Native Cooking

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While I am writing this it is cold outside, but the temperature is going up to nearly 40 degrees. I just heard on the TV that it is 90 degrees in Phoenix. How's that for diversity? A lot of places have flowers and prolific sunshine; others are snowed in. When you're hungry and have kids that are, too, it doesn't really matter what the weather is outside.

When you work all day you want to relax when you get home, sit a minute and unwind, mull stuff over and get off your feet. It gets harder and harder to do this. Sure, you can order in or go out to eat, but this all takes money and energy. Thinking ahead is the key. It's easy to say that, and I know it isn't easy to stick to.

Maybe if you give one night a week to ordering in, you could plan the rest of the week around that night. Some working people I know devote Sunday afternoon to ''batch-cooking'' to fill in gaps during the week. For example, make a big pot of chili and package it up in smaller portions to freeze. At the same time, make your own tomato sauce for pasta in another pot. You've just completed two or three meals. Having flour tortillas in the freezer at the ready makes a quick backup meal in no time, and quesadillas can be made in a variety of ways.

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Good and Easy Rice

3 cups cooked rice (brown, white or risotto)

3/4 cup pine nuts, toasted

1 tablespoon parsley, chopped

1 tablespoon butter

1 low-sodium beef or chicken broth packet

Toss all these ingredients together and keep hot until ready to serve. This dish is rich and yummy.

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You can put together quick dinners easier during the week if you already have the base carbohydrates pre-cooked or ready to go. Rice, potatoes, polenta, pastas and beans are all good pantry items to keep on hand. A can of beans, some rice, a little bit of meat and some seasonings like onion and celery, can make a meal in minutes. Flour or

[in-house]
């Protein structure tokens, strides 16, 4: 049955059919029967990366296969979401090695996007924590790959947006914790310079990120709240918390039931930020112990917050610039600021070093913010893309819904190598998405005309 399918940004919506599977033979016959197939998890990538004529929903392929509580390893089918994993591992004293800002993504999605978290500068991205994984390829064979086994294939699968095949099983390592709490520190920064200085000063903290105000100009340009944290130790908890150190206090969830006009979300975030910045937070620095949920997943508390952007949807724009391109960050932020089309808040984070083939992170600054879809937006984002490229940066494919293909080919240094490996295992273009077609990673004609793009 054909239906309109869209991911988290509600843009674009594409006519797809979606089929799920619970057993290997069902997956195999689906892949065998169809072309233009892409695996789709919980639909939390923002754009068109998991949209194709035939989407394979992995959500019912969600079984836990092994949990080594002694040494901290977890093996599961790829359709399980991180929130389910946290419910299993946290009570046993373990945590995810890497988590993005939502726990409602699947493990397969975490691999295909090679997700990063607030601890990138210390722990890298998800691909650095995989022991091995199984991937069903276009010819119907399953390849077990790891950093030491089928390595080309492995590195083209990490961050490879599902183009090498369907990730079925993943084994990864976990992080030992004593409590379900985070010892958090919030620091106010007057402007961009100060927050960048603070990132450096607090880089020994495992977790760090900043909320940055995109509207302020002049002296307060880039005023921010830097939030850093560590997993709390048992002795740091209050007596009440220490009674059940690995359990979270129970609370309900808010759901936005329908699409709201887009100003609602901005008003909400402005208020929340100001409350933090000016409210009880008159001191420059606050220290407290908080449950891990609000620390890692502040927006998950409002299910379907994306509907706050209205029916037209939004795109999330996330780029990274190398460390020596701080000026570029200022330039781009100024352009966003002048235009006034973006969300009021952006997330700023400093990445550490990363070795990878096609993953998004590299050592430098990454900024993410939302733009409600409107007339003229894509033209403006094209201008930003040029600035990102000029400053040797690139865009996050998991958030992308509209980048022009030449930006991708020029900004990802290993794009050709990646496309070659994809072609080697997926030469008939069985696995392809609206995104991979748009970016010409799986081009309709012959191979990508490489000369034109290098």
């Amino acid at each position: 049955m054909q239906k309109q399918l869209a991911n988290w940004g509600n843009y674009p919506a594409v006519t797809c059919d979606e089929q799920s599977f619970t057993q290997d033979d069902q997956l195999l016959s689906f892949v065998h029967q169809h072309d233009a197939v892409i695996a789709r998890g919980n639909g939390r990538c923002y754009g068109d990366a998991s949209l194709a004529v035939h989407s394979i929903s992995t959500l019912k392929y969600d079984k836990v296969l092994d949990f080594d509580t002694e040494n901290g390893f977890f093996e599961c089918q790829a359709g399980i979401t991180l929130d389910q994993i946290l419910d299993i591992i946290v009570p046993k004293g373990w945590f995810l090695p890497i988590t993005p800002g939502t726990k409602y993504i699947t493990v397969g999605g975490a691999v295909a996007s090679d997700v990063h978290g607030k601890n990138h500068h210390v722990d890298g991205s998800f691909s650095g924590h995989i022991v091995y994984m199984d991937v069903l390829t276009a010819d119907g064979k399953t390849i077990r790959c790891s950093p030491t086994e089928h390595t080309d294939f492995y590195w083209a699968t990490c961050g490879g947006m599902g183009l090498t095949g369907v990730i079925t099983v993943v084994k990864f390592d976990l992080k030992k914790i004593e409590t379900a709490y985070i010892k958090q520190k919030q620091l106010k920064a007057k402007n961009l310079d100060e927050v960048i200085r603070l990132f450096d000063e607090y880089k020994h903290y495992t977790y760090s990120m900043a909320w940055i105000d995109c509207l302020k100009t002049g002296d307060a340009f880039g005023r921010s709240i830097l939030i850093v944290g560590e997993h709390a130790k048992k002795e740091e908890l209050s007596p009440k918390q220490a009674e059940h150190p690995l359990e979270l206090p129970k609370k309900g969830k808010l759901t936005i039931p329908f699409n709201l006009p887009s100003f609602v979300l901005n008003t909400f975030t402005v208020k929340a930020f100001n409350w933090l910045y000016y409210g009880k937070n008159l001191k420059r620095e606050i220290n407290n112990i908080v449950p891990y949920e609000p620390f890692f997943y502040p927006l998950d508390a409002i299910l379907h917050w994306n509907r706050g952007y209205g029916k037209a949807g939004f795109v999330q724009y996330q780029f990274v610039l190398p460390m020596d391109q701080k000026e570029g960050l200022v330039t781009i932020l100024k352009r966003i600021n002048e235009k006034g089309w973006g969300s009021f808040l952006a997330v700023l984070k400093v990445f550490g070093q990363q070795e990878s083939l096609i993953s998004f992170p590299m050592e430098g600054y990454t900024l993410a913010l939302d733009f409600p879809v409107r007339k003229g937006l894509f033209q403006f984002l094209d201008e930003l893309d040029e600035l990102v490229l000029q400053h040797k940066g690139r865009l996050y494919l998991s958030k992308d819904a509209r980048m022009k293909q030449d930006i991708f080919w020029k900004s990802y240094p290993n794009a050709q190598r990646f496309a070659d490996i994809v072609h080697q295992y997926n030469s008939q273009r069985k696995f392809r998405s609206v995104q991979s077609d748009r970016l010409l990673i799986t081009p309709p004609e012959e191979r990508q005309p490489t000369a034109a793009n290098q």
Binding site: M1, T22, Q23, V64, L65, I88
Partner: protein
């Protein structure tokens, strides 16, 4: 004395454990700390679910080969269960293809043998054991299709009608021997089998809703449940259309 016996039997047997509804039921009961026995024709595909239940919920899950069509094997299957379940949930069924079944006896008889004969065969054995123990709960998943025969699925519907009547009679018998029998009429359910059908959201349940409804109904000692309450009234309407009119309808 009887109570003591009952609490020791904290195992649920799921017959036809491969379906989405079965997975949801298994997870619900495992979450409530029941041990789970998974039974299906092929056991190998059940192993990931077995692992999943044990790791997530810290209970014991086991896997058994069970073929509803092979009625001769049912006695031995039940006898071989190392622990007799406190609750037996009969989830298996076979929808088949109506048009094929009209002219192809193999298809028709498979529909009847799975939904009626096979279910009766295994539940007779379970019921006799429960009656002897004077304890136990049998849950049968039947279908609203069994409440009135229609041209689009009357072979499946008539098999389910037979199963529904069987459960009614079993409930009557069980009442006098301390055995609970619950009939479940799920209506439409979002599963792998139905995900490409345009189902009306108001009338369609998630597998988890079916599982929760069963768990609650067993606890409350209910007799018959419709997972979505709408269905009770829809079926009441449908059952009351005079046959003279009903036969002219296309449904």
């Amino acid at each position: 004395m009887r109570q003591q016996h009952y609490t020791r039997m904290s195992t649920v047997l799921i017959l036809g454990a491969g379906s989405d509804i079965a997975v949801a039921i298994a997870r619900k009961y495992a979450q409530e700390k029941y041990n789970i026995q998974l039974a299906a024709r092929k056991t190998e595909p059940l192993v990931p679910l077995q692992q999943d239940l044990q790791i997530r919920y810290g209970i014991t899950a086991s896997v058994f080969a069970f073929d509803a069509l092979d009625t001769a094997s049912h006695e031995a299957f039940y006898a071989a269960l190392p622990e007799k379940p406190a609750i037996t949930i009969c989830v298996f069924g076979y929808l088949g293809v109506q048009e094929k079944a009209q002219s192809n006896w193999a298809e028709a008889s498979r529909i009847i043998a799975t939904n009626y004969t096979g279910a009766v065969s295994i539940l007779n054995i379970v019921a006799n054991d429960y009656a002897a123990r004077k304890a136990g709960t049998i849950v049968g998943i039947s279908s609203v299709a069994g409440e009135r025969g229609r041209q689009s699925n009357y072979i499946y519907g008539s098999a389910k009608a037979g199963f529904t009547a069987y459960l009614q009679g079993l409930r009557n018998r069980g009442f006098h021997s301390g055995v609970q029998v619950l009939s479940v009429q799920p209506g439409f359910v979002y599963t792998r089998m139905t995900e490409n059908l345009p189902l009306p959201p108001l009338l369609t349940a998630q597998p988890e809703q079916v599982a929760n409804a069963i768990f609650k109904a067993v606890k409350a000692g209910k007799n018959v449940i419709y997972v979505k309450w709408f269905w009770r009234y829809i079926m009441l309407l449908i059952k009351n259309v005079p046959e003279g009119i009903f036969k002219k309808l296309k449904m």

corn tortillas are handy meal-makers, too. Just brown some ground meat with a little onion and put it on a tortilla. Add some cheese or refried beans, roll up, cover and bake for 15 to 20 minutes. A little side salad or vegetable makes an excellent quick dinner.

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Sunchoke Cheese Soup

2 cups sunchokes (wash well and leave the skin on)

1 cup sharp Cheddar cheese

2 tablespoons butter

1 cup milk (whole or 2 percent only)

2 tablespoons flour

Salt and pepper

Boil the sunchokes until tender. Drain (reserving the cooking liquid) and set aside. Use a good, heavy saucepan to melt the butter. Sprinkle in the flour, and whisk into the butter. Slowly add the reserved cooking liquid and milk to the butter/flour mixture and season with salt and pepper. Whisk this over medium heat until the mixture begins to thicken. Remove from heat.

Put this white sauce and the sunchokes in a blender and puree. Pour the pureed mixture back into the pan. Add the cheese and cook over very low heat until the cheese is melted. Stir constantly. You can add a pinch of cumin or cayenne at this point if desired.

Sunchokes have fewer calories than potatoes and also contain potassium and inulin (a sugar much like insulin that is beneficial to diabetics and hypoglycemics). They also contain vitamins A and B.

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Hearty Good Soup

1 celery root, peeled and cubed

2 slices bacon, chopped

1 cup smoked ham or pork, chopped

2 onions, chopped

2 potatoes, cubed with skin on

3 carrots, cut in chunks

3 cloves garlic, minced

2 cups cooked white beans (or canned)

1 tablespoon olive oil

1 quart water or stock (vegetable or chicken)

In a heavy Dutch oven-type pot, cook the bacon in the olive oil for about a minute. Add the ham or pork and cook for 3 more minutes. Add water or broth and remaining ingredients (except the beans, if using canned: they go in the last 15 minutes). Bring all to a boil over high heat and then simmer for an hour and a half. Adjust seasonings.

The celery root gives the soup a hearty flavor. You can add some parsley, thyme or almost any other herb to enhance the taste.

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Notes and Tips

* Dried apricots are a delicious fruit treat. You can use them like raisins in baked quick breads along with dried cranberries. They are good alone or with other dried fruits as a quick, nutritious snack.

* Sunchokes contain a lot of iron, which makes them turn a little gray when cooked. If you add about 1/4 teaspoon of cream of tartar to the water about 5 minutes before they are done, you'll avoid that color change. A little lemon juice added to the cooking water at the start will also prevent the color change.